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  Topic Review (Newest First)
10-13-2011 09:45 AM
Justin thank you
10 char
10-13-2011 08:32 AM
Originally Posted by Justin View Post
this is a highjacking, just wondering how long the probe should be? i will be in the canadain rockies if that matters.
3m probe should do you just fine. If you were in the PNW you might would want to get a longer one, but 3 meters for Canadian Rockies should be plenty.
10-12-2011 11:00 PM
ippy If youre in or near niseko, a nice idea is to head to kutchan for your probe and shovel. Youll usually find some better bargains than you might get in niseko itself. Actually shovels and probes arent all that expensive to buy, but possibly a fortune (comparatively) to ship. Id just pick them up in japan. (but do heed the advice to pick up one that can cut through solid lumps of very very hard snow (almost ice). The last thing you need is your cheap plastic shovel snapping in that kind of situation).

The beacon itself will range from $230 range through to about $450. Its pretty tough getting them second hand if youre outside the US. I have the tracker, it spikes but youll quickly get the hang of it if you practice a bit and get the feel for flux lines. Its fine search is AWESOME though. Or maybe mine is

Its weak point is multiple burials and the fact the damn thing kept ninja switching back to transmit, (my fault for forgetting really, but it needs to give you an electric shock or something for being a fool).
10-12-2011 10:22 PM
Justin this is a highjacking, just wondering how long the probe should be? i will be in the canadain rockies if that matters.
10-12-2011 01:49 PM
linvillegorge The only advice I have is the simpler the better. As a BC novice (I'm one too) the fewer things you have to think about and the fewer things you have that can potentially screw up, the better off you're going to be if you have to use them in an emergency situation. People with more experience can take advantage of more bells and whistles, but for novices those bells and whistles are more likely to get us into trouble in the panic of a rescue situation.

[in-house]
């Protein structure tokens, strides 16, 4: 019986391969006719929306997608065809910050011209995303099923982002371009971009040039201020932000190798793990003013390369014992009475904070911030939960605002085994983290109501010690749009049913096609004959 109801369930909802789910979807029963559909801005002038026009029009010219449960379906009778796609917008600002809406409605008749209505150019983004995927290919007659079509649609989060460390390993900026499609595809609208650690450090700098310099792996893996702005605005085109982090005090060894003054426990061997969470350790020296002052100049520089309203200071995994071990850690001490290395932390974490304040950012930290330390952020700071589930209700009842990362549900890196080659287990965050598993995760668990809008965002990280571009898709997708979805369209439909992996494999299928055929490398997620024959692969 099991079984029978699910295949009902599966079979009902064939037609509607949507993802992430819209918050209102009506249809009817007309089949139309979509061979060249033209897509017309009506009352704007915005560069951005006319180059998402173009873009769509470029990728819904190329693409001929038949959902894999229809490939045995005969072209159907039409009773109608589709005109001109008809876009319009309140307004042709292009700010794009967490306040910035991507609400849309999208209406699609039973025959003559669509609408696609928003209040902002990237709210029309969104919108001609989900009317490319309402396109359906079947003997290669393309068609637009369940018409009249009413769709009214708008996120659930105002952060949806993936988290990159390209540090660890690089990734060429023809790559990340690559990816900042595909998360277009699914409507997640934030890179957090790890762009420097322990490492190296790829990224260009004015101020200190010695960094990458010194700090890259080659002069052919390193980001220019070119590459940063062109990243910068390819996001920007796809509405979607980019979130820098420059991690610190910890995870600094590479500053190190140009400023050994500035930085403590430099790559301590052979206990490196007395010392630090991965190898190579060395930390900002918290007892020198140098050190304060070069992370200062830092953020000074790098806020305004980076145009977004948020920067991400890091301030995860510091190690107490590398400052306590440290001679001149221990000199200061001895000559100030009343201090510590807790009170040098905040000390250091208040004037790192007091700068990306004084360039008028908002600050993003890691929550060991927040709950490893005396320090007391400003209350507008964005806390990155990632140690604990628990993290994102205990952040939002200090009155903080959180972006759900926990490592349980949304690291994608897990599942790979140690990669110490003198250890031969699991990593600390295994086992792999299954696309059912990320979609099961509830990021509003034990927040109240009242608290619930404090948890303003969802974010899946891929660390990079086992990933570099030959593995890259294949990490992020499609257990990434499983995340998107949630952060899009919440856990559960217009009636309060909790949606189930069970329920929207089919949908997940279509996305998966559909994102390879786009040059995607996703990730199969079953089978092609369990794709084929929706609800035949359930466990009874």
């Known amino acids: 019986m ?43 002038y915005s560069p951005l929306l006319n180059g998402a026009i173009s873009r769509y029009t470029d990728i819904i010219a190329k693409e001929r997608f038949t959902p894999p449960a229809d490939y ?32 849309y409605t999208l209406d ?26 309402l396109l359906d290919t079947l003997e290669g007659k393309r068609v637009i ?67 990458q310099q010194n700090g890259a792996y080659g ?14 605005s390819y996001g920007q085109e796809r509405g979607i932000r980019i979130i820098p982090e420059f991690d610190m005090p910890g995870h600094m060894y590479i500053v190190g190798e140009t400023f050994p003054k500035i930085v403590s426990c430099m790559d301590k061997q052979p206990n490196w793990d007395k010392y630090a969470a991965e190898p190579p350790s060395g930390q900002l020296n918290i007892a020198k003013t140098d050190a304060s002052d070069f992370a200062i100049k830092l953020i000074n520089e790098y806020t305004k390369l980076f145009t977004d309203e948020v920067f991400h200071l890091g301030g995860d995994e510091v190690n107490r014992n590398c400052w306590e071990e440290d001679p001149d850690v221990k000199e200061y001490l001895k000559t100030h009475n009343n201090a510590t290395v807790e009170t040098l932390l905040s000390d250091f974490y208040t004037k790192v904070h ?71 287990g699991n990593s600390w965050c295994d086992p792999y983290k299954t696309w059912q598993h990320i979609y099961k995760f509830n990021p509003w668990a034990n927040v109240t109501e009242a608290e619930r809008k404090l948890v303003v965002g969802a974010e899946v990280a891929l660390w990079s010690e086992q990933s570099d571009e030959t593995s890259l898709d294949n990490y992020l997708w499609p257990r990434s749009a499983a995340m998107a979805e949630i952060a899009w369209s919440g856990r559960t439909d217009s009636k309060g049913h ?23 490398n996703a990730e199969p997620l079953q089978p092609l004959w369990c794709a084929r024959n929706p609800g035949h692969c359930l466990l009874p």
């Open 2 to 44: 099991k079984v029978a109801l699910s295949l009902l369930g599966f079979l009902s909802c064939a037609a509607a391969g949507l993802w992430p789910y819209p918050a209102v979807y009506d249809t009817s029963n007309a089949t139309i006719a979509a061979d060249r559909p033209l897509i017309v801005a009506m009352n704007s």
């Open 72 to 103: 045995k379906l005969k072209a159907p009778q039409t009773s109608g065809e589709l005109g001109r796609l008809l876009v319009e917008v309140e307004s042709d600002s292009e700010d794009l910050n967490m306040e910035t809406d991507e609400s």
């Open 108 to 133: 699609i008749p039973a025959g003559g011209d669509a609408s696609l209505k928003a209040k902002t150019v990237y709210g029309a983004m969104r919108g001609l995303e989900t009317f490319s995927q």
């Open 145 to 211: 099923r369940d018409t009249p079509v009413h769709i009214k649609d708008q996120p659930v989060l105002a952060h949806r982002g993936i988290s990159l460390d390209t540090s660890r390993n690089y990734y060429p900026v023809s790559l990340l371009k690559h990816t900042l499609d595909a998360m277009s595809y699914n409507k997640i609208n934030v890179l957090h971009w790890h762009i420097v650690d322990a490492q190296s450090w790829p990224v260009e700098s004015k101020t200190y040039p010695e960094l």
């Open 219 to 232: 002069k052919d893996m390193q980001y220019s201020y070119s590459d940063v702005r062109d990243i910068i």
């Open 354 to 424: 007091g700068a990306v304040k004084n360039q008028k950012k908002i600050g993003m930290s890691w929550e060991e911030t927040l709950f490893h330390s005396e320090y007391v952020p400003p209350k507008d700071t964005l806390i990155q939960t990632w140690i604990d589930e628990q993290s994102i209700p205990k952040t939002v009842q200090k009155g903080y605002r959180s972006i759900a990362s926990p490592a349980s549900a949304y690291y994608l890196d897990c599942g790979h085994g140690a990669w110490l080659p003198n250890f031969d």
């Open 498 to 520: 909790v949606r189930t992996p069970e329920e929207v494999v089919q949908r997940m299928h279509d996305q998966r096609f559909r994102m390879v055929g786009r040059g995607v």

Whatever you buy, practice with it and get to the point that using it is just second nature.
10-10-2011 03:09 PM
killclimbz Ogio flak Jacket is nice. Great for sidecountry users. If you are doing all day tours a back pack is going to serve you better. So it really depends on the type of backcountry riding you are planning on doing.

I forgot about the 3+. That is also a very nice three antenna beacon. One of the best if not the best pin point functions out there.
10-10-2011 02:55 PM
chupacabraman Arva & Pieps both make good beacons. The BCA Tracker 2 and Ortovotx 3+ are two more new 3 antennae transceivers that work great.
Make sure you get a shovel with a large blade. Extendable handles are nice (shorter in pack / longer when in use).
I recommend the Ogio Flak jacket. You can't carry as much gear as a backpack, but it can hold everything you need. It keep things really balanced (especially nice for snowboarders) and is very comfy. Hard to find because people love them. Check snowmobile sites.
10-04-2011 07:25 AM
killclimbz Don't get me wrong. All three beacons I mentioned are great beacons. No matter which one you get you still need to practice with it. A lot. You should be able to locate and dig out a buried beacon in a pack in under four minutes, maybe five if you can bury it deeply. The only way you can pull that off is if you practice with it.